Purpose: Pathogenic variants in ARID1B are one of the most frequent causes of intellectual disability (ID) as determined by large-scale exome sequencing studies. Most studies published thus far describe clinically diagnosed Coffin–Siris patients (ARID1B-CSS) and it is unclear whether these data are representative for patients identified through sequencing of unbiased ID cohorts (ARID1B-ID). We therefore sought to determine genotypic and phenotypic differences between ARID1B-ID and ARID1B-CSS. In parallel, we investigated the effect of different methods of phenotype reporting. Methods: Clinicians entered clinical data in an extensive web-based survey. Results: 79 ARID1B-CSS and 64 ARID1B-ID patients were included. CSS-associated dysmorphic features, such as thick eyebrows, long eyelashes, thick alae nasi, long and/or broad philtrum, small nails and small or absent fifth distal phalanx and hypertrichosis, were observed significantly more often (p < 0.001) in ARID1B-CSS patients. No other significant differences were identified. Conclusion: There are only minor differences between ARID1B-ID and ARID1B-CSS patients. ARID1B-related disorders seem to consist of a spectrum, and patients should be managed similarly. We demonstrated that data collection methods without an explicit option to report the absence of a feature (such as most Human Phenotype Ontology-based methods) tended to underestimate gene-related features.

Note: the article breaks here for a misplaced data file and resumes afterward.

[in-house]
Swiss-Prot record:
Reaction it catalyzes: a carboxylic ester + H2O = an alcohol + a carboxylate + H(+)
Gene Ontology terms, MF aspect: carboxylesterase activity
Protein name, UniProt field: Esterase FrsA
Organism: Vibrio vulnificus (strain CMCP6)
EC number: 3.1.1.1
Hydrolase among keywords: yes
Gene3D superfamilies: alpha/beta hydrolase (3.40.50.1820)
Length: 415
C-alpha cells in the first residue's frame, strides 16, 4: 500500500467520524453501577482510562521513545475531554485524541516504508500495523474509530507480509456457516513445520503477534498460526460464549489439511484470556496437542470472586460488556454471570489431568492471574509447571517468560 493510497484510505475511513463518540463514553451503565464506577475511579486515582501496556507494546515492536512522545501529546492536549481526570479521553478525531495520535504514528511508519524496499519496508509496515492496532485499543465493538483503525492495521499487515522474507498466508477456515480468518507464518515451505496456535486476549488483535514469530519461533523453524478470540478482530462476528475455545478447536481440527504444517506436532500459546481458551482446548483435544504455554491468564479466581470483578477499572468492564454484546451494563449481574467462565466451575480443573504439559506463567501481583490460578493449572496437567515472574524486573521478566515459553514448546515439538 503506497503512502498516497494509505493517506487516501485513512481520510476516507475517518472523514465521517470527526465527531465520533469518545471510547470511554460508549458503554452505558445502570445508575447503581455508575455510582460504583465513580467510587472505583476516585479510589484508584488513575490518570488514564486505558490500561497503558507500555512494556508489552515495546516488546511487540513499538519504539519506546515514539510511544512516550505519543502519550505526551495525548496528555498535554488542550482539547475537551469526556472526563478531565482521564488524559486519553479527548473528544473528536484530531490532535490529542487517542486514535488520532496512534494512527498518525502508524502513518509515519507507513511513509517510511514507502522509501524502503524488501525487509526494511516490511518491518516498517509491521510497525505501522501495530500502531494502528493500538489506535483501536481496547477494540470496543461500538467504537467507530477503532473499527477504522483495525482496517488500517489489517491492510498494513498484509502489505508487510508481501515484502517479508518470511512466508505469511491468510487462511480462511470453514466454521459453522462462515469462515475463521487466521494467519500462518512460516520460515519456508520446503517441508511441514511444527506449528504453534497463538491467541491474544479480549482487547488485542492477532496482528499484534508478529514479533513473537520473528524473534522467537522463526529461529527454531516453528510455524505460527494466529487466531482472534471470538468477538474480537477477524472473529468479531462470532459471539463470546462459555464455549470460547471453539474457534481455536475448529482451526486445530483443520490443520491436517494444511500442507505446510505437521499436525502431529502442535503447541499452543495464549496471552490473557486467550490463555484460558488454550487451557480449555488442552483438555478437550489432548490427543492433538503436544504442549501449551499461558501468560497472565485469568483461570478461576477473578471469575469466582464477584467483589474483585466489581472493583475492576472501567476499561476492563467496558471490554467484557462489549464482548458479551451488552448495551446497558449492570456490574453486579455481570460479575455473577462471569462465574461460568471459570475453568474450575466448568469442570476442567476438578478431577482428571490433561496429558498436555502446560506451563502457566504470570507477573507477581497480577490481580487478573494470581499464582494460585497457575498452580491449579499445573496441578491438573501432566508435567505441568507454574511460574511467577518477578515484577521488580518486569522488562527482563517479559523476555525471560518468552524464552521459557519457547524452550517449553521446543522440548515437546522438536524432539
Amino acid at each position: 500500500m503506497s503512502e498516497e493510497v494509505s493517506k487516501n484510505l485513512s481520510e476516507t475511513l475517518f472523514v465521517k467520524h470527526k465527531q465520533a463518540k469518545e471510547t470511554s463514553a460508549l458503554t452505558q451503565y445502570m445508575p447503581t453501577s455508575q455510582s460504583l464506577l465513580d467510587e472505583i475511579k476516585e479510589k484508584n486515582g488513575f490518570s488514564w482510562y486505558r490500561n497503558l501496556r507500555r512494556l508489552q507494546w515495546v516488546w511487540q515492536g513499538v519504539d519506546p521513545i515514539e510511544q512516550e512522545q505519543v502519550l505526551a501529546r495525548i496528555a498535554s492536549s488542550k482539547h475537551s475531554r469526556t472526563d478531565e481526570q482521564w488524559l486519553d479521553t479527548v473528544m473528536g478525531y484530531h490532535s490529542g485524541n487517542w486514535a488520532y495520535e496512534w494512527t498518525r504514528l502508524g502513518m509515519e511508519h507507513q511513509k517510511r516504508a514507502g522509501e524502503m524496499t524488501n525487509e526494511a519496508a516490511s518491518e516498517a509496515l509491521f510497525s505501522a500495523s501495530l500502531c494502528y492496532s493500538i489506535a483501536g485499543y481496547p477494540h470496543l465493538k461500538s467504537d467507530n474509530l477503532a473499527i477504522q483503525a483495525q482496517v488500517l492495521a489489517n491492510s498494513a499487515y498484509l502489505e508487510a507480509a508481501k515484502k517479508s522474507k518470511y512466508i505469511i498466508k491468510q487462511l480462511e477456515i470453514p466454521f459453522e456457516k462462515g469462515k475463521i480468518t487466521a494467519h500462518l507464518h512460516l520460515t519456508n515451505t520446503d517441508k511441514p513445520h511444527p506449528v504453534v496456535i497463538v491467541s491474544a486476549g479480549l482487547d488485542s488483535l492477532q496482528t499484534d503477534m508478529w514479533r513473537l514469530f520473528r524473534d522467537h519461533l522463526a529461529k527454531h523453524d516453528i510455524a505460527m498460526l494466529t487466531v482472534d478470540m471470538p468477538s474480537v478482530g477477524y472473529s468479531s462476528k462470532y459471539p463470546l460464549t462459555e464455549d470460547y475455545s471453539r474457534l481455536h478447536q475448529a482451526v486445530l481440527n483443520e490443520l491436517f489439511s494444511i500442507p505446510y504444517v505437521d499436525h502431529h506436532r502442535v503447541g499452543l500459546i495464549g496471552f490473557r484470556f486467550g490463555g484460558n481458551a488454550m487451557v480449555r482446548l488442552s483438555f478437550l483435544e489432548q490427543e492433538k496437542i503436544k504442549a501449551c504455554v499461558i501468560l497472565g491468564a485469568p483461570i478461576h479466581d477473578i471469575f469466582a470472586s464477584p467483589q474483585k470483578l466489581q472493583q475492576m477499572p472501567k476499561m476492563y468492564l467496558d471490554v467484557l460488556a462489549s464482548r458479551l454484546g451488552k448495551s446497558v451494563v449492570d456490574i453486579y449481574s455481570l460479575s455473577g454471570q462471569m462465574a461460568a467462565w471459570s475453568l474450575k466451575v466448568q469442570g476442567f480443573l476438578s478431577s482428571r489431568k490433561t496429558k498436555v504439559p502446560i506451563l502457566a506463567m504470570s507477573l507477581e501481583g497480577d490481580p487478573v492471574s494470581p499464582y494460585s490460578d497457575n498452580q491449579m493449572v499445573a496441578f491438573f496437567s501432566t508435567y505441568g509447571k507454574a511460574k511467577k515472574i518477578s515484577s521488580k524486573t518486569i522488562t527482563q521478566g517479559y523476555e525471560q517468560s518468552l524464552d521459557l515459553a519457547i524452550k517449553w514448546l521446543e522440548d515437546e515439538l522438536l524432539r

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doi.org/10.1038/s41436-018-0330-z, hdl.handle.net/1765/111659
Genetics in Medicine

van der Sluijs, E.P.J. (Eline (P.J.)), Jansen, S. (Sandra), Vergano, S.A. (Samantha A.), Adachi-Fukuda, M. (Miho), Alanay, Y., AlKindy, A. (Adila), … Santen, G. (2018). The ARID1B spectrum in 143 patients: from nonsyndromic intellectual disability to Coffin–Siris syndrome. Genetics in Medicine. doi:10.1038/s41436-018-0330-z